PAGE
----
The European Commission (EC) is to add shipping to the EU Emissions Trading System (ETS) - as part of its new plans to address the climate emergency.
The decision could be the industry's greatest shake-up since the global sulphur cap, which comes into force on 1 January 2020.
On Monday 9 December 2019, new EC president Ursula von der Leyen, in one of her first major speeches, promised the United Nations climate conference in Madrid, to make Europe the first climate-neutral continent by 2050 by introducing a 'European Green Deal'.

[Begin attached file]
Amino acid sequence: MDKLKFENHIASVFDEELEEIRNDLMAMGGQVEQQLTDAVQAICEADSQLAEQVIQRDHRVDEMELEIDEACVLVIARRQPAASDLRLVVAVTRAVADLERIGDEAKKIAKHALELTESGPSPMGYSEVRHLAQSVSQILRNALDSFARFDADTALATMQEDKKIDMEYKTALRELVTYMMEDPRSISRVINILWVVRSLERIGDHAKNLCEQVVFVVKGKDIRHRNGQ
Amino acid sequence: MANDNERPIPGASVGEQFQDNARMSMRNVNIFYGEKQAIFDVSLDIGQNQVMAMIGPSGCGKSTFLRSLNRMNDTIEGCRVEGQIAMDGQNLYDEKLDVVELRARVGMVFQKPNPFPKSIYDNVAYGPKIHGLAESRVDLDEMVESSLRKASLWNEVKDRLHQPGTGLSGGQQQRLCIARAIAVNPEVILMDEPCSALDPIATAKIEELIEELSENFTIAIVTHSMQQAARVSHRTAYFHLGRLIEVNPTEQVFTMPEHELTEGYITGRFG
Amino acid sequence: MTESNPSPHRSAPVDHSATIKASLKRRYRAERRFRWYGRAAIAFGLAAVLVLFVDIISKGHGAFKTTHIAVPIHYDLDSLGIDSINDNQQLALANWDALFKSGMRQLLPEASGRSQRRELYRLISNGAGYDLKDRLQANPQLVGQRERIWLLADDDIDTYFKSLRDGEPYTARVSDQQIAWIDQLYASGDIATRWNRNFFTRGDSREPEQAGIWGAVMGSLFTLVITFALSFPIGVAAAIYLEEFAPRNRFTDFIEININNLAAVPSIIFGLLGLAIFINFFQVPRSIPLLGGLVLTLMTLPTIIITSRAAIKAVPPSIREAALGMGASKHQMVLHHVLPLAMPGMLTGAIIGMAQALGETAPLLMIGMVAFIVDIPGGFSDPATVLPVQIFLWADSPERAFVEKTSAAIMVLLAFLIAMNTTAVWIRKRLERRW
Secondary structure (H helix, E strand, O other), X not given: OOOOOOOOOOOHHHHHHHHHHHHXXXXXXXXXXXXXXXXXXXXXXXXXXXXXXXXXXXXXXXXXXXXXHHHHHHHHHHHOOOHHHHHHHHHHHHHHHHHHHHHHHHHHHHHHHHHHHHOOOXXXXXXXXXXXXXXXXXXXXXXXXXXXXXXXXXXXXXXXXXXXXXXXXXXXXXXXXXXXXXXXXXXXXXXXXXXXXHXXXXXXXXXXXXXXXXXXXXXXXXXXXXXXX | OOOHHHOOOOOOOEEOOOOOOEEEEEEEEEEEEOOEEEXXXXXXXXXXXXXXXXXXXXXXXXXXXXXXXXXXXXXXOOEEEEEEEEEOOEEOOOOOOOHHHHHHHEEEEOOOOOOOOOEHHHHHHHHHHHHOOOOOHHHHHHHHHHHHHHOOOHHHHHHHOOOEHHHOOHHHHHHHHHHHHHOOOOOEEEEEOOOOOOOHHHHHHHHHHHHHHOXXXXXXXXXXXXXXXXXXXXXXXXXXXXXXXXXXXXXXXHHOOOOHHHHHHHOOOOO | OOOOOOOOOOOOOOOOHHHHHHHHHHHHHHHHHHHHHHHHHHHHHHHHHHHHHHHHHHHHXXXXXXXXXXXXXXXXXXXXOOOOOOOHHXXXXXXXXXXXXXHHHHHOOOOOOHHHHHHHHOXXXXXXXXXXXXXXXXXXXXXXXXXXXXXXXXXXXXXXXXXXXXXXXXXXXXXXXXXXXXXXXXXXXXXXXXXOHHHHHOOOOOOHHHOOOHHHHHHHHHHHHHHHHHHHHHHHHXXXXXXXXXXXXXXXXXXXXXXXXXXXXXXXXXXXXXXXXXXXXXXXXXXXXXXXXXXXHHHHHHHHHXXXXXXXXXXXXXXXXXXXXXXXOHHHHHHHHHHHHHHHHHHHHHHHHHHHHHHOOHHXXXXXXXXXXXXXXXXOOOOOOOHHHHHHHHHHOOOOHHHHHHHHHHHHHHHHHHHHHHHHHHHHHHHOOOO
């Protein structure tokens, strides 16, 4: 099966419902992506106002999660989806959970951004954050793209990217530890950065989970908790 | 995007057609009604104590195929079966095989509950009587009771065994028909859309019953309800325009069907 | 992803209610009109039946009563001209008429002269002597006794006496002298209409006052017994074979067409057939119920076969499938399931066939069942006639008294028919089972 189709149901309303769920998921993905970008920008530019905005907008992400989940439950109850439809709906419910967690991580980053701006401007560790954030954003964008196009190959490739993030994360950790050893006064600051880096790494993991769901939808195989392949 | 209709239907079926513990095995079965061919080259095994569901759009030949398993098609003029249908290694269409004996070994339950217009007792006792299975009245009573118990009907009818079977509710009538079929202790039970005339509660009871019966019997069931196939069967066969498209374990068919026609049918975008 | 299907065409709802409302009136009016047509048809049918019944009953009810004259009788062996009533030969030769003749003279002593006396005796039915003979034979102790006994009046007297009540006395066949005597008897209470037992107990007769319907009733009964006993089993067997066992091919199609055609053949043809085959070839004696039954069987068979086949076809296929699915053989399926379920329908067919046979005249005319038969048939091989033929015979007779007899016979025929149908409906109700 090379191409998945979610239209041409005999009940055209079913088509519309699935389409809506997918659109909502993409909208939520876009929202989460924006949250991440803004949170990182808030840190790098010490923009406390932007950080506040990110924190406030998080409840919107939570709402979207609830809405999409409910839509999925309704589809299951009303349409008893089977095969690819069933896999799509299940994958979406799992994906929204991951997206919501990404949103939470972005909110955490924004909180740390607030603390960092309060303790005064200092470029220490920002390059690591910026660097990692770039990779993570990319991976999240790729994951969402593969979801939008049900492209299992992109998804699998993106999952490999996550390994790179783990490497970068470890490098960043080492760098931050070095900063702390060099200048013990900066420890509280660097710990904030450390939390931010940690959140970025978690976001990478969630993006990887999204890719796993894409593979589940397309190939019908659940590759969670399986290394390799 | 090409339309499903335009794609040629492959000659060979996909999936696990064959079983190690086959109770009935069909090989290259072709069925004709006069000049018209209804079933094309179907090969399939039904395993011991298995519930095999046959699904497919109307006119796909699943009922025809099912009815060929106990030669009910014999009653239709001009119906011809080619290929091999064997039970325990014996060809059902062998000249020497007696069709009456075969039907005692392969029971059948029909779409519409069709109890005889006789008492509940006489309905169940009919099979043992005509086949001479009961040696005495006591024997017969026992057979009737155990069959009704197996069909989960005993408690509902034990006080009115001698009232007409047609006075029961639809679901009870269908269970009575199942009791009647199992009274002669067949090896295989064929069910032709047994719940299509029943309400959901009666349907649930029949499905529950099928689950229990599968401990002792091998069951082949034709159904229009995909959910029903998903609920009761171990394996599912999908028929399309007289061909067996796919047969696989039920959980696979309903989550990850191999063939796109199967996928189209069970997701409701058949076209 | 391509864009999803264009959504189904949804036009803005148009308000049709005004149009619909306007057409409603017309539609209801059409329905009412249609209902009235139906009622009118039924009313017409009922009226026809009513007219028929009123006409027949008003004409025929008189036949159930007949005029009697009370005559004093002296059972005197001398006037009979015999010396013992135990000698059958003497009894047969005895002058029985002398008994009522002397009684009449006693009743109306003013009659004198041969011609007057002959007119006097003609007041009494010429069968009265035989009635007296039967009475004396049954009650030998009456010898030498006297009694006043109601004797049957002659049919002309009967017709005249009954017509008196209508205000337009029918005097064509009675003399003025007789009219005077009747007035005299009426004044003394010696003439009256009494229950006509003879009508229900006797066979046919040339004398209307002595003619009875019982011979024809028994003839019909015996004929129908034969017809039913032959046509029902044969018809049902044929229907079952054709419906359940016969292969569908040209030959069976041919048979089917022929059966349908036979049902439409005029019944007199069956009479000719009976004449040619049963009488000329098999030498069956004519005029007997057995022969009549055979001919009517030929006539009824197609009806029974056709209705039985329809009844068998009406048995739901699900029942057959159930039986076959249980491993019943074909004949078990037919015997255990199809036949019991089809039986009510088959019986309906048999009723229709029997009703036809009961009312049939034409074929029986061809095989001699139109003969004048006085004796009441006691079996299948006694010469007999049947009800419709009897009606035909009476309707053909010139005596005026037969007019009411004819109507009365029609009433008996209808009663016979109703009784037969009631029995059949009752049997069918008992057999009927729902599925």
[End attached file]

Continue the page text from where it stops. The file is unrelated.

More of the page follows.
In March 2020, the EC will propose the first-ever European Climate Law to make the transition to climate neutrality irreversible, including by extending emissions trading to all relevant sectors including shipping.
Emissions trading is an initiative aimed at reducing pollution, which offers economic incentives to businesses for achieving reductions in emissions.
'The European Green Deal will open new opportunities in all sectors - from transport to taxation, from food to farming, from industry to infrastructure,' said Ms Von der Leyen.
The International Monetary Fund (IMF) recently estimated that a shipping carbon tax of $75 per tonne of CO2 in 2030, and $150 in 2040 would reduce shipping CO2 emissions by nearly 15% in 2030 and 25% in 2040.